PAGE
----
Don’t be shy. Come in, the mist is settling over the river, the dark will be upon the forest any time now.
Here you’ll find some small comforts, a pot of tea, some spice cookies, a soft pillowed chair tucked between the window and the fire.
Ignore the cats, gossip mongers all of them.
I’ll be working at the desk tucked into the far corner if your any needs or she knocks upon the door.
Enjoy her photographs and her 12-line tales. She’s a bit loose with the truth, a bit too revealing with her magic.
Until you come again, may your wonderings be bold and your imaginings be wise.
The Birthday Guest
“I know somethin,” said Gabby, her voice singing, teasing, “ I know somethin, ya don’t need to tell.”
“Hush child, she’ll learn soon enough” said Hannah straightening the knives and forks, turning the plates so their tiny jeweled morsels were further from the table edge, the long view showing off her culinary handiwork.
“Can I ask Miss Plums…,” the young girl stopped mid name.
“Miss Plumworth, Gabby, her name is Plumworth, yeah after we eat you can, if mom hasn’t asked her to leave,” said Hannah.
“Mom won’t ask her, she knows’er, that’s what I know, mom knows Miss Plums, Miss Plumsworth.”
“Plumworth,” Hannah glared at her sister, her mind moving back in time, the late night conversation with her mother, words knotted with anger and fear, until Hannah had made a promise she would never keep.
How did their mother know the traveling collector, Hannah hadn’t heard about the woman until months after the encounter with the boy, when the letter arrived, its author requesting a visit, a simple conversation, a few questions, providing the date and time of her arrival, there was no return address.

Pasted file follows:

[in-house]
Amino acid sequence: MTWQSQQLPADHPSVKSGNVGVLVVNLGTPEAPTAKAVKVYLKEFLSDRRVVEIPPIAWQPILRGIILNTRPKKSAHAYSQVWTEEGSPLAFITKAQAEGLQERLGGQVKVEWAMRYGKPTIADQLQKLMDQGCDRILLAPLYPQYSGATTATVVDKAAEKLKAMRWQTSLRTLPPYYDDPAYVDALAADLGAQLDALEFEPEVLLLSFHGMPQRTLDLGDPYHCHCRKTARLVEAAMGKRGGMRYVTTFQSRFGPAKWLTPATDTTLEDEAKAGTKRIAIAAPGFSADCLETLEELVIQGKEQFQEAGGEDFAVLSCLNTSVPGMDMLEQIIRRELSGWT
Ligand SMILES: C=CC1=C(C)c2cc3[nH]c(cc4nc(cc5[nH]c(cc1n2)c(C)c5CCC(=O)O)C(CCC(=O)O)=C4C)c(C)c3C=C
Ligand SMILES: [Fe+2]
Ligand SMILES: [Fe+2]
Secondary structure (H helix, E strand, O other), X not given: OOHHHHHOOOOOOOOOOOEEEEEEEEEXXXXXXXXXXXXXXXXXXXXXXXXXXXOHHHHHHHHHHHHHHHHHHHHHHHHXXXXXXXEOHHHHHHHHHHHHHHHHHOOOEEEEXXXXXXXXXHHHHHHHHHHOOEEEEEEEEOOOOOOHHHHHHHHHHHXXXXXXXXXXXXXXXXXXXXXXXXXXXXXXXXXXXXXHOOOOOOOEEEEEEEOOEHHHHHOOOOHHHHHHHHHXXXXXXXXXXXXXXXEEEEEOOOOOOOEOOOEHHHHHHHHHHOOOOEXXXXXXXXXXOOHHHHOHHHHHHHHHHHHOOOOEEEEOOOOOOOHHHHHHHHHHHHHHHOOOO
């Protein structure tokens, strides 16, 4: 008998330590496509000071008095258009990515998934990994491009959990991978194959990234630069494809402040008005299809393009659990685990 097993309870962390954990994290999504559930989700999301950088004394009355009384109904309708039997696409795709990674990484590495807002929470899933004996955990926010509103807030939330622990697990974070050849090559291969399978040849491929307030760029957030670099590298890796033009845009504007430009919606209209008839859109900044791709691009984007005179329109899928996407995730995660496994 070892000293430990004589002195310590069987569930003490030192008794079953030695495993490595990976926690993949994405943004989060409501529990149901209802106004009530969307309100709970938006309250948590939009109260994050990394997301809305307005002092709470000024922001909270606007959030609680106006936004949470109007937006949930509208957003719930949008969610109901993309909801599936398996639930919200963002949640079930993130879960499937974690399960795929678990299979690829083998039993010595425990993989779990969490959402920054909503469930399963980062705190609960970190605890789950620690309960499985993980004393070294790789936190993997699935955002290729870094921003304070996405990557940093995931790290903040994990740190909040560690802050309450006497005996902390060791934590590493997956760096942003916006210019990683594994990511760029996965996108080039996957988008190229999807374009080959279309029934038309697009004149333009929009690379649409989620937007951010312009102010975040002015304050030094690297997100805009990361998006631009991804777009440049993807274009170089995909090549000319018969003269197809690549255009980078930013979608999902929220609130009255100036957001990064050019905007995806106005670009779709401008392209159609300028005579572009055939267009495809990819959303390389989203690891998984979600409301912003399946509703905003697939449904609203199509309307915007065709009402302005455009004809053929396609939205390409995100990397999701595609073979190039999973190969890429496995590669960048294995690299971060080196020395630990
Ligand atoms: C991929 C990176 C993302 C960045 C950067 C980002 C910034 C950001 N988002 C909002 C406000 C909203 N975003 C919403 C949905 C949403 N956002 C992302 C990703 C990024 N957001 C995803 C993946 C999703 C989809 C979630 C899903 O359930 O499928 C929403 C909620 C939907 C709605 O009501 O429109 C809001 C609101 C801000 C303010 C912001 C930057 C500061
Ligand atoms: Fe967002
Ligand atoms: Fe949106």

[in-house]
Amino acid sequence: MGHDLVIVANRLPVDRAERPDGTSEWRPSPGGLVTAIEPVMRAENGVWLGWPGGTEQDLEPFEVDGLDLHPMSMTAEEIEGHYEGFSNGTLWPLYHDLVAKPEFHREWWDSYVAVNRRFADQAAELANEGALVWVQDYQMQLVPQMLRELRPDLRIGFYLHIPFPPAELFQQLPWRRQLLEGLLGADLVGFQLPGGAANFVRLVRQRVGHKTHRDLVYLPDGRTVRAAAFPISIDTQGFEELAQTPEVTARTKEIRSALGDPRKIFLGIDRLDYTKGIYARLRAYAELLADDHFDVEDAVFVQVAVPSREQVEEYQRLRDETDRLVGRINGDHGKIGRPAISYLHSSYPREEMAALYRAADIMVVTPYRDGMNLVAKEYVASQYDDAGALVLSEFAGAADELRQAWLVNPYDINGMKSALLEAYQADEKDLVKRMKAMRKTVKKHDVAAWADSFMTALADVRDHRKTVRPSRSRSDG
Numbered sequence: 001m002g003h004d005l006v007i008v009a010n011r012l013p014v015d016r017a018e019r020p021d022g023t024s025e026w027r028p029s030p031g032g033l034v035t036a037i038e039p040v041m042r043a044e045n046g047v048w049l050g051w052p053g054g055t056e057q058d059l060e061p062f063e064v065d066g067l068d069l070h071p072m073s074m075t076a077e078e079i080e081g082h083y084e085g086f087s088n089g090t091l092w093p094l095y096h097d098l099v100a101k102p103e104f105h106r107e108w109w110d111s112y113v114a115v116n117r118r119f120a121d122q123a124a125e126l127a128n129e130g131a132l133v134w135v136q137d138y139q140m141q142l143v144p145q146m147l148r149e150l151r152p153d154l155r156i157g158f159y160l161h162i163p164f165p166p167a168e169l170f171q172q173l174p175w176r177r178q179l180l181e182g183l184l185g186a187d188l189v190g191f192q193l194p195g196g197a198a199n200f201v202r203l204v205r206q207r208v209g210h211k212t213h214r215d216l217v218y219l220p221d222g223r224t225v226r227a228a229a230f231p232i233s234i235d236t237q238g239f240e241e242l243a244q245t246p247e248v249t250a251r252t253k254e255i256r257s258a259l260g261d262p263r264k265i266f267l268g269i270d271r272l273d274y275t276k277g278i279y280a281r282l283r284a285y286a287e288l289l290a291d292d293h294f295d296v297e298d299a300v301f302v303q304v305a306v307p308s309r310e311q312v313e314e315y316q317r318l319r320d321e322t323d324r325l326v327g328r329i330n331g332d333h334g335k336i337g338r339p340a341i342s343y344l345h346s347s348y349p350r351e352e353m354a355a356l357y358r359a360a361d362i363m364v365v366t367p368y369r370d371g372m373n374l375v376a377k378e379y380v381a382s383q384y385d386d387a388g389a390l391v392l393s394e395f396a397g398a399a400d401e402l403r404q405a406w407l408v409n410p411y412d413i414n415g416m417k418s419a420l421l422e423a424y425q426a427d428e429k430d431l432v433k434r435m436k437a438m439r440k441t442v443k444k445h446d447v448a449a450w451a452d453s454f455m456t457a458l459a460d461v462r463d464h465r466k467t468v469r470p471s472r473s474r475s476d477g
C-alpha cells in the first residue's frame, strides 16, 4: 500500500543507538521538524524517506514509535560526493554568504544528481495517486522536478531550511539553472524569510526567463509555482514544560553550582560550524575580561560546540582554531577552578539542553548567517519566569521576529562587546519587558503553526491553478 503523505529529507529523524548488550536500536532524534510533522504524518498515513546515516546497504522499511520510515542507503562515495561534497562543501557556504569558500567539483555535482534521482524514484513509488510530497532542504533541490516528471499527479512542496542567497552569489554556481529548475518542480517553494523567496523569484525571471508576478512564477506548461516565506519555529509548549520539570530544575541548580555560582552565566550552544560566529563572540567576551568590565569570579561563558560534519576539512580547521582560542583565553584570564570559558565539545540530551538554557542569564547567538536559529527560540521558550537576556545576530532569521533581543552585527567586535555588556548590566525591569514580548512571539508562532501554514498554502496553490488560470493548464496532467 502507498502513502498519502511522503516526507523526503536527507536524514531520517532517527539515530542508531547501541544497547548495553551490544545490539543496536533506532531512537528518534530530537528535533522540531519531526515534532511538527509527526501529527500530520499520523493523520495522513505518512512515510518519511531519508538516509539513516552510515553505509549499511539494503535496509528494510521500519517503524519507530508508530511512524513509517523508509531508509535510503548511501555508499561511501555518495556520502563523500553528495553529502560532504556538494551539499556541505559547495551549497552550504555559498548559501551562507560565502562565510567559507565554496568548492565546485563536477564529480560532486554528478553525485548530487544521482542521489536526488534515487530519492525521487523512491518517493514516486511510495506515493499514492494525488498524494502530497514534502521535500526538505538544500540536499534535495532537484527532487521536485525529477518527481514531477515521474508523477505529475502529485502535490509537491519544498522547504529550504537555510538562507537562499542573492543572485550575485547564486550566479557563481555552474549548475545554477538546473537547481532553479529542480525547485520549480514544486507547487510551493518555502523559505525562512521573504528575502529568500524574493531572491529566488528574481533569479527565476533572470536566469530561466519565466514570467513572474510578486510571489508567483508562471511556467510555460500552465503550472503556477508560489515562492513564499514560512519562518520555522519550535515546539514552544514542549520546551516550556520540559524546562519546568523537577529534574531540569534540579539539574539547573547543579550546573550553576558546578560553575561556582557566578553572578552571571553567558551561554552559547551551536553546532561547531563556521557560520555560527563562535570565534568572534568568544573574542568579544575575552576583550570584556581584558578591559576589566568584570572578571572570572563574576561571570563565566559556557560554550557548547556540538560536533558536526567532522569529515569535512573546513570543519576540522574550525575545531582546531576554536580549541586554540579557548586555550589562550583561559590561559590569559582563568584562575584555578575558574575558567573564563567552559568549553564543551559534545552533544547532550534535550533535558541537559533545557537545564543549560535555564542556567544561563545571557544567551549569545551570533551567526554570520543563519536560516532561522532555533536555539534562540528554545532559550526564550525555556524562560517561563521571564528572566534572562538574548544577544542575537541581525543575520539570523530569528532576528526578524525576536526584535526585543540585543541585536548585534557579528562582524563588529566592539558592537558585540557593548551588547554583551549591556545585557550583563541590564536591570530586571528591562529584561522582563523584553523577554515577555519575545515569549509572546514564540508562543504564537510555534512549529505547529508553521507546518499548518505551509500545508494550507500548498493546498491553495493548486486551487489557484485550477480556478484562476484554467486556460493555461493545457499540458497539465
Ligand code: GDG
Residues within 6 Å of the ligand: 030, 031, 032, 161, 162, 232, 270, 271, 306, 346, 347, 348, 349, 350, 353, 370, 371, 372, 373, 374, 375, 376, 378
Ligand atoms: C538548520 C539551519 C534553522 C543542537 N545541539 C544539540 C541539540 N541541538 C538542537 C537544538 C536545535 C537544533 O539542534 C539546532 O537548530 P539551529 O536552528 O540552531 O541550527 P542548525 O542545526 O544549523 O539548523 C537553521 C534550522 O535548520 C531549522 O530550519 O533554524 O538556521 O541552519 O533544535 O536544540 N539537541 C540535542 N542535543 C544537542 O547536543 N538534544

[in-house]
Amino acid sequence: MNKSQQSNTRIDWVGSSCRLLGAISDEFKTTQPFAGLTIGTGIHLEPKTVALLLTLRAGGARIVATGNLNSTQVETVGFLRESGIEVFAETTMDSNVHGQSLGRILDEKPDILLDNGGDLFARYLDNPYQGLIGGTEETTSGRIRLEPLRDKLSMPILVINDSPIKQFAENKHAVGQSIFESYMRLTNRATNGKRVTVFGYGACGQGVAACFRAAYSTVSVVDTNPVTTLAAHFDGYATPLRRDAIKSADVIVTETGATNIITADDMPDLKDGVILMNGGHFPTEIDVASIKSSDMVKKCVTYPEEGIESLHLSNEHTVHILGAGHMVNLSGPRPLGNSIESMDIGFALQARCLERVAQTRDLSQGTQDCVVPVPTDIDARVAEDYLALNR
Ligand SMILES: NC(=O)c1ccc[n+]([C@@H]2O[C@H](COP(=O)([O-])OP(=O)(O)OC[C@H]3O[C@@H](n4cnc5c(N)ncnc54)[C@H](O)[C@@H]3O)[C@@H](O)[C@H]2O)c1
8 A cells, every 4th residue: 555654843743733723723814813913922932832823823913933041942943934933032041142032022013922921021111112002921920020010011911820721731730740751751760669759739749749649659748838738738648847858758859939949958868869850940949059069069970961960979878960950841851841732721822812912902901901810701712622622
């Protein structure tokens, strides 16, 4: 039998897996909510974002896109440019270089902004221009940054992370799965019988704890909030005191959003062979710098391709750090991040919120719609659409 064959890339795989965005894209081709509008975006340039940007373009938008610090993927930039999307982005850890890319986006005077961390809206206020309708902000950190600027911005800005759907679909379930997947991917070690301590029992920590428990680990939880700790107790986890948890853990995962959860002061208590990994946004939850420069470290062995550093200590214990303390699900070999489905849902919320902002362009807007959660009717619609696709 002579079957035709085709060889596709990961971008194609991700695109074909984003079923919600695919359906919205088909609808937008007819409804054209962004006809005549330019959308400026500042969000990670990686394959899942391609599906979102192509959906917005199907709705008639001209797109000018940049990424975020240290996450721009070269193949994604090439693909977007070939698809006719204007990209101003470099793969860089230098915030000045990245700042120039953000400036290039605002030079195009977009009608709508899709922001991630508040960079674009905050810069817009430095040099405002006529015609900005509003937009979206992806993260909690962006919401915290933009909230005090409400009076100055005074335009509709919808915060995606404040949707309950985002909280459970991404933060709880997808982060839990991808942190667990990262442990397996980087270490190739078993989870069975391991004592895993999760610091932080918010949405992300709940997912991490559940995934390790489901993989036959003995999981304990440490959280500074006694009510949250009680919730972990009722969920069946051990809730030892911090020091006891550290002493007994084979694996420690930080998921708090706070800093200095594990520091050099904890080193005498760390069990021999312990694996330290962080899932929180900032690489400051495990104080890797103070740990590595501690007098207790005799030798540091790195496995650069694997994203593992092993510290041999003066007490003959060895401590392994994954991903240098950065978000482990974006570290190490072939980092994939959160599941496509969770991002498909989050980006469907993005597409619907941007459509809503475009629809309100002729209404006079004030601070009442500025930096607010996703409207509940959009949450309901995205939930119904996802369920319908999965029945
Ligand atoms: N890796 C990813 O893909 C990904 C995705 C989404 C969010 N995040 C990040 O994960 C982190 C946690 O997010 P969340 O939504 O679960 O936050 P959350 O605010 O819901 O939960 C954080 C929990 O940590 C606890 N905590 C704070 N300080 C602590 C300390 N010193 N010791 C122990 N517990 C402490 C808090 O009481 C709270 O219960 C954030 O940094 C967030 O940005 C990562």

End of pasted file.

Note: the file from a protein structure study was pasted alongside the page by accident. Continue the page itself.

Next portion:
Maybe the boy told the truth, maybe he had met their mother, years ago, when she was a mere girl herself.
And if the boy had told that truth, maybe all his other stories were true as well, maybe their brother, Paul, was away, not dead, maybe he was living with family, their family, maybe he was celebrating his birthday just as Hannah was celebrating it here today, but none of it made any sense, why would mother lie, and where does she go when the moon is full and the woods hide her steps, her path, preventing Hannah from following.
A firm knock on the front door pulled Hannah from her thoughts, from her confusion, her speculations, taking a deep breath she smoothed her dress, took another glance at the celebratory table satisfied Paul would have liked his birthday tea, and wondering if everything was about to change, again.
She was tall, more curving, wearing so many different colors and patterns and textures, her boots well worn, her hair a constrained mass of curls pushing hard against tightly braided ribbons, both curls and braids trying to free themselves, she carried an oversized carpet bag, a smile brightening her face, not at all, Hannah thought, as formal in appearance and stature as her handwritten letter had suggested.
“Hannah, I see your mother in your curiosity, especially when she was your age,” said Miss Plumworth, “though I hope you are more imaginative, possess more courage, a more open heart.”
Hannah glanced from Miss Plumworth towards her mother who was standing quiet, head lowered, eyes downcast, a posture she had never seen her mother take before, then returning her gaze to their guest, Hannah, her mind galloping ahead, asked, “Are we related to faeries?”